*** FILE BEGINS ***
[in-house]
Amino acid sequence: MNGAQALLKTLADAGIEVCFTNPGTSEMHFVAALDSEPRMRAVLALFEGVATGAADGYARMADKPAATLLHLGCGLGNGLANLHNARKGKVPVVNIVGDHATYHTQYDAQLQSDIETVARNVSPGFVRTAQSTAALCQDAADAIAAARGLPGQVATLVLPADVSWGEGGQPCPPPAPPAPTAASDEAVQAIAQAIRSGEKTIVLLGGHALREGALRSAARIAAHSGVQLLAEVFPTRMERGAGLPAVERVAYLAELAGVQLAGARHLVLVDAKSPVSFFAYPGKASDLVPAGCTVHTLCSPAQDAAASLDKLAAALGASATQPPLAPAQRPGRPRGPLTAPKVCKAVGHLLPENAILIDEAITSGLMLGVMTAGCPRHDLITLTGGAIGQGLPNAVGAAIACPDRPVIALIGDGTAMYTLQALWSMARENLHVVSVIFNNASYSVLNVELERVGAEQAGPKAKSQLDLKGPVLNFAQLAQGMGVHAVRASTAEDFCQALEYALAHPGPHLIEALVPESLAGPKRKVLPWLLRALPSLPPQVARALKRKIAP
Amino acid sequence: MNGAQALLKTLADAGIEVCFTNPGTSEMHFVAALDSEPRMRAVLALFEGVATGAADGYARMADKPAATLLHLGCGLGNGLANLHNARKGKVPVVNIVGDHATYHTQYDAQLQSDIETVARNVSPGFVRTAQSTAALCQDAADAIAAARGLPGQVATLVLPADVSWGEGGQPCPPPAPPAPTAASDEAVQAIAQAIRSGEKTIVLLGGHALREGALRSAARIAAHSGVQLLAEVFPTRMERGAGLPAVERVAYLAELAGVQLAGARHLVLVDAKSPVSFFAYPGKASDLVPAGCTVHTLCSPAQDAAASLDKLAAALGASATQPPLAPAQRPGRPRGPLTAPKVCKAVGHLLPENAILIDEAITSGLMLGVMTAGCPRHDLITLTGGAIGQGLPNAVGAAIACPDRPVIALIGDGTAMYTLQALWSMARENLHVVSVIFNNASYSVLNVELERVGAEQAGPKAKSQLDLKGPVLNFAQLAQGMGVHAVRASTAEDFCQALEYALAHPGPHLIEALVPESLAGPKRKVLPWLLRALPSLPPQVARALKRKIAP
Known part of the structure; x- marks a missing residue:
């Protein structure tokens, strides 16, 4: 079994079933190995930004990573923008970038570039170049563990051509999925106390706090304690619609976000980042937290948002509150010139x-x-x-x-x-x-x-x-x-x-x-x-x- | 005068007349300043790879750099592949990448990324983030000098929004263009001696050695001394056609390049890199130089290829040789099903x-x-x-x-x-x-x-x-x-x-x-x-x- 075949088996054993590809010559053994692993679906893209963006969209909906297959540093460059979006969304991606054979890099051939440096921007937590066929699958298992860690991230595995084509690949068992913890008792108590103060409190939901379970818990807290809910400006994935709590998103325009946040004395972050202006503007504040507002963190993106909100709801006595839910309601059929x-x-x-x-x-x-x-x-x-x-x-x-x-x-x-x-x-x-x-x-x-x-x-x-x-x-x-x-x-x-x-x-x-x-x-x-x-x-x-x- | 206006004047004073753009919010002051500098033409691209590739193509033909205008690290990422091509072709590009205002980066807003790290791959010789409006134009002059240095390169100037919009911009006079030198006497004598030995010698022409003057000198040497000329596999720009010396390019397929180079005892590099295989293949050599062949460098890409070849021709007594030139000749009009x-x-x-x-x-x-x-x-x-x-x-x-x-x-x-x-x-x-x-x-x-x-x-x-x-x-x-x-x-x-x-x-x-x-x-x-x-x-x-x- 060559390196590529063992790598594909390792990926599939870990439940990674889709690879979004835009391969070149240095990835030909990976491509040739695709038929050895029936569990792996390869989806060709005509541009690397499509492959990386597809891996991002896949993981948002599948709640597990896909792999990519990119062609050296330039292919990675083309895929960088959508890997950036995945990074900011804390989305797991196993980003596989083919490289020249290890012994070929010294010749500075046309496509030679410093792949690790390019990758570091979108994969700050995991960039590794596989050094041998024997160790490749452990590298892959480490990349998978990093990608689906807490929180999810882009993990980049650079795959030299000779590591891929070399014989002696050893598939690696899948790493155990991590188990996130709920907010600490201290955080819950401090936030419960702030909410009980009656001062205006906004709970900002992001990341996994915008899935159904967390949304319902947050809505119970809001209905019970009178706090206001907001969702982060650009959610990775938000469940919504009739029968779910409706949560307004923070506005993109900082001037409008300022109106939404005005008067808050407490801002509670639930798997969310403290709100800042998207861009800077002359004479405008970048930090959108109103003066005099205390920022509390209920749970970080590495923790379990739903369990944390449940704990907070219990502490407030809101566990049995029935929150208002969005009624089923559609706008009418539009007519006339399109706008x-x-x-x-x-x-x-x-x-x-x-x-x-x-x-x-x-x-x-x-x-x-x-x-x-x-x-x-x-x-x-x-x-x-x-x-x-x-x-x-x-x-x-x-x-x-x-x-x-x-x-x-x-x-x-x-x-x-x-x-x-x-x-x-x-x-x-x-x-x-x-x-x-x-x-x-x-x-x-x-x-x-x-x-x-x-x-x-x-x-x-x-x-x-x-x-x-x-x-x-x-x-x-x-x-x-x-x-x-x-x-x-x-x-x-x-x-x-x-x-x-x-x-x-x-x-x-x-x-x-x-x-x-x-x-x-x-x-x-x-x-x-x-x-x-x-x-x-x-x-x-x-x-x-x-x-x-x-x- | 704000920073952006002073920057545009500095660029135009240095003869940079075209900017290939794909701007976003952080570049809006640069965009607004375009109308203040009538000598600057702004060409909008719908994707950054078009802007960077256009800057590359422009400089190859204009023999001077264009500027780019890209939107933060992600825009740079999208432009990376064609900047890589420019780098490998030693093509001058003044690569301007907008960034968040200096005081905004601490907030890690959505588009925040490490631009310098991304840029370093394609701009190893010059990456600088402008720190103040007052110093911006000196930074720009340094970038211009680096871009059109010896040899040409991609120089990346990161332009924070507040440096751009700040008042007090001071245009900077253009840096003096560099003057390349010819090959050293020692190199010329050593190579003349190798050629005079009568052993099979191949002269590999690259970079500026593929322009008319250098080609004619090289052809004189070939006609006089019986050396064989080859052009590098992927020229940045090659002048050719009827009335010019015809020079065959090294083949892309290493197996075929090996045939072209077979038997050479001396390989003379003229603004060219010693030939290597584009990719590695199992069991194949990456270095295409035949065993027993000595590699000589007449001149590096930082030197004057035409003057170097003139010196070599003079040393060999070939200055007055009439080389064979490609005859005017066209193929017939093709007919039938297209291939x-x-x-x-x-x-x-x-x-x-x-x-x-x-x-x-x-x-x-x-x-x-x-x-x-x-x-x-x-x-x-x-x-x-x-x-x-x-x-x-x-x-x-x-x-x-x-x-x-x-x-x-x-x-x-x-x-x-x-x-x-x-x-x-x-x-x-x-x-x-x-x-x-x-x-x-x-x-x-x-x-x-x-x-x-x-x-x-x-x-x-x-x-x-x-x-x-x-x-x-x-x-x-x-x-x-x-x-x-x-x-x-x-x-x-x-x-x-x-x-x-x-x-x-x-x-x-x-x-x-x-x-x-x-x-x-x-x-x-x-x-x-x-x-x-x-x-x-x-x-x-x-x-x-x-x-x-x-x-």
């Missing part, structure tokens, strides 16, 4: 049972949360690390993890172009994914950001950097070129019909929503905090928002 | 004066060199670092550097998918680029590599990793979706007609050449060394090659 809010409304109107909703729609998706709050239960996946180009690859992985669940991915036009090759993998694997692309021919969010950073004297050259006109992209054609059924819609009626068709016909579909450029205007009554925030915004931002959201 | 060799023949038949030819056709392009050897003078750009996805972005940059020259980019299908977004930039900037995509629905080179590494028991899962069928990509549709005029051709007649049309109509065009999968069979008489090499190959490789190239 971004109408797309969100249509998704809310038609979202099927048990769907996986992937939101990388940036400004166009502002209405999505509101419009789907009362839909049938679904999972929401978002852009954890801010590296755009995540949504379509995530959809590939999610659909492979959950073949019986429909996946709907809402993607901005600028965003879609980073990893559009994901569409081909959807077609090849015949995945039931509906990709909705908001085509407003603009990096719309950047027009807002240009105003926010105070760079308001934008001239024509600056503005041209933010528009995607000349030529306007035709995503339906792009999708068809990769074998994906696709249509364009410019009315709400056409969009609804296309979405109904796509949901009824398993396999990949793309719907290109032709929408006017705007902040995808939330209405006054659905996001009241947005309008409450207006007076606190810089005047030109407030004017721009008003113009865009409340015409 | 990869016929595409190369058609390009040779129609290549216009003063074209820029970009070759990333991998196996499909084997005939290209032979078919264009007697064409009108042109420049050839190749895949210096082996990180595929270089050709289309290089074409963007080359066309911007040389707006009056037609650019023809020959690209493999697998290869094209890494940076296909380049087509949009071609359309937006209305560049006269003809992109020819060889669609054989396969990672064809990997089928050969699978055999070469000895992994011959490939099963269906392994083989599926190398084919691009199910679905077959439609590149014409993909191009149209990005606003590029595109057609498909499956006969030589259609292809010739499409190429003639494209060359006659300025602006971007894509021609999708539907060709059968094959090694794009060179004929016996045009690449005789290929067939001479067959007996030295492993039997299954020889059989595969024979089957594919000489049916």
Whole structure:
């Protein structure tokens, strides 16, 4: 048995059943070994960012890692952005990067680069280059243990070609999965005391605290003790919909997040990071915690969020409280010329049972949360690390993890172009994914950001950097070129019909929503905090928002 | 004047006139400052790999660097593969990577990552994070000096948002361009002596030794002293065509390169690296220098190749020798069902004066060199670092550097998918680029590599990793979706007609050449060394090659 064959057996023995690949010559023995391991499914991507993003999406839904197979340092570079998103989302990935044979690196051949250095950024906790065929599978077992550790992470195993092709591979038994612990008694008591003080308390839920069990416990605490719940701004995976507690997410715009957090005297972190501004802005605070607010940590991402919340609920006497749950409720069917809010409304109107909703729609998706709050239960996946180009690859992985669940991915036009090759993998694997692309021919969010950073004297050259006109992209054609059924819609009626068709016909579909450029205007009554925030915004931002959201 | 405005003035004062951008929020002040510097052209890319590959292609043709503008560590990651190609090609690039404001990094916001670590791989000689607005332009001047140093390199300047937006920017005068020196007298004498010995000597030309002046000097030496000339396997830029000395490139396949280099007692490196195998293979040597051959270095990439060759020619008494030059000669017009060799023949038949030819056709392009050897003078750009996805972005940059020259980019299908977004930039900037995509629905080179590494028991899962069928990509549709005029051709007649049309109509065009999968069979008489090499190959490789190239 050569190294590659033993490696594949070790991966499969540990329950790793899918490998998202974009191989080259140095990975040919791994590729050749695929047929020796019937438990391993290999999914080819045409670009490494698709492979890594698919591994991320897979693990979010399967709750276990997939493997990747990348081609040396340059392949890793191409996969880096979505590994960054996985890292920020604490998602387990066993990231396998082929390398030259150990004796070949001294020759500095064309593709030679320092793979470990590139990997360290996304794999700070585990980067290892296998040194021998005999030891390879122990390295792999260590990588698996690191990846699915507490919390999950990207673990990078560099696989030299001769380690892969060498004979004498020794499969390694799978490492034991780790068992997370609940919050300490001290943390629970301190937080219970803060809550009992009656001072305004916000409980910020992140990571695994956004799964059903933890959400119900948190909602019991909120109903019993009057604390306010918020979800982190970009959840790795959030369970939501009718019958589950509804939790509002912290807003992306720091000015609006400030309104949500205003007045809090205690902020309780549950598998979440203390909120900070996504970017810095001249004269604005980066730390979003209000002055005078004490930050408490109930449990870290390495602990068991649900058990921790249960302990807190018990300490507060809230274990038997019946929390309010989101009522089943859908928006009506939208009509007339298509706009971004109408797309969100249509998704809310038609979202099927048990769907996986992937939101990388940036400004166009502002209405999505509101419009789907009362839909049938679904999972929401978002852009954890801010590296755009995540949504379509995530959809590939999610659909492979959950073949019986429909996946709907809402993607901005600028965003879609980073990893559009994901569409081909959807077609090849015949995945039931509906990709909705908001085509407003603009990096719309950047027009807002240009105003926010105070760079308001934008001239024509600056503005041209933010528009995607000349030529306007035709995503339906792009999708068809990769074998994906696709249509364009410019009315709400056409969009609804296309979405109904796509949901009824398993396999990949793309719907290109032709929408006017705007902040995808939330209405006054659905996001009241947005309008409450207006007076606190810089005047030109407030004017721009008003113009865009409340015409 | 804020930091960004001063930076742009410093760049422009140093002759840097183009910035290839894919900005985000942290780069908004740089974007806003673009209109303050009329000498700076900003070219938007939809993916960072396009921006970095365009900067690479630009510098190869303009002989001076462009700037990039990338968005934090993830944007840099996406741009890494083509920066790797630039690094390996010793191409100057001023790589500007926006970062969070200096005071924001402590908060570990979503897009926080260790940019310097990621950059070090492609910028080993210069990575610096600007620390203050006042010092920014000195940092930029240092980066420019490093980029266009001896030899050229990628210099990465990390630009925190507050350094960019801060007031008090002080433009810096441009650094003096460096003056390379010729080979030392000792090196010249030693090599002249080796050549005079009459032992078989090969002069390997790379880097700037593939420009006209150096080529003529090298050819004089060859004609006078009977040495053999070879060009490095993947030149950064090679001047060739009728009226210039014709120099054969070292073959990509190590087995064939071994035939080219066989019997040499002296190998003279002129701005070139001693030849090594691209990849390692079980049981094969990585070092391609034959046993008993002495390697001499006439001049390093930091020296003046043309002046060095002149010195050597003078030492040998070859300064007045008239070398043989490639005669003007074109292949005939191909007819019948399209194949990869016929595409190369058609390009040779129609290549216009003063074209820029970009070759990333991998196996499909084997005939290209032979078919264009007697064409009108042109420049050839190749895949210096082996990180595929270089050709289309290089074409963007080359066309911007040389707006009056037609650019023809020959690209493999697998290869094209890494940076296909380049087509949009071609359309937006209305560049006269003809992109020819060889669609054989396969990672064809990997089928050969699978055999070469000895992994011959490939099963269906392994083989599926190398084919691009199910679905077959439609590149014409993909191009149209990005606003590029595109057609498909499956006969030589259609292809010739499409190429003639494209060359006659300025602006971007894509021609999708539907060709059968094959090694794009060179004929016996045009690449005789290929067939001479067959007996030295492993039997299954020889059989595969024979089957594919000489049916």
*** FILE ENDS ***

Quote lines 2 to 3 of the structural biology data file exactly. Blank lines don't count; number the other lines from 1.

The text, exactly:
Amino acid sequence: MNGAQALLKTLADAGIEVCFTNPGTSEMHFVAALDSEPRMRAVLALFEGVATGAADGYARMADKPAATLLHLGCGLGNGLANLHNARKGKVPVVNIVGDHATYHTQYDAQLQSDIETVARNVSPGFVRTAQSTAALCQDAADAIAAARGLPGQVATLVLPADVSWGEGGQPCPPPAPPAPTAASDEAVQAIAQAIRSGEKTIVLLGGHALREGALRSAARIAAHSGVQLLAEVFPTRMERGAGLPAVERVAYLAELAGVQLAGARHLVLVDAKSPVSFFAYPGKASDLVPAGCTVHTLCSPAQDAAASLDKLAAALGASATQPPLAPAQRPGRPRGPLTAPKVCKAVGHLLPENAILIDEAITSGLMLGVMTAGCPRHDLITLTGGAIGQGLPNAVGAAIACPDRPVIALIGDGTAMYTLQALWSMARENLHVVSVIFNNASYSVLNVELERVGAEQAGPKAKSQLDLKGPVLNFAQLAQGMGVHAVRASTAEDFCQALEYALAHPGPHLIEALVPESLAGPKRKVLPWLLRALPSLPPQVARALKRKIAP
Amino acid sequence: MNGAQALLKTLADAGIEVCFTNPGTSEMHFVAALDSEPRMRAVLALFEGVATGAADGYARMADKPAATLLHLGCGLGNGLANLHNARKGKVPVVNIVGDHATYHTQYDAQLQSDIETVARNVSPGFVRTAQSTAALCQDAADAIAAARGLPGQVATLVLPADVSWGEGGQPCPPPAPPAPTAASDEAVQAIAQAIRSGEKTIVLLGGHALREGALRSAARIAAHSGVQLLAEVFPTRMERGAGLPAVERVAYLAELAGVQLAGARHLVLVDAKSPVSFFAYPGKASDLVPAGCTVHTLCSPAQDAAASLDKLAAALGASATQPPLAPAQRPGRPRGPLTAPKVCKAVGHLLPENAILIDEAITSGLMLGVMTAGCPRHDLITLTGGAIGQGLPNAVGAAIACPDRPVIALIGDGTAMYTLQALWSMARENLHVVSVIFNNASYSVLNVELERVGAEQAGPKAKSQLDLKGPVLNFAQLAQGMGVHAVRASTAEDFCQALEYALAHPGPHLIEALVPESLAGPKRKVLPWLLRALPSLPPQVARALKRKIAP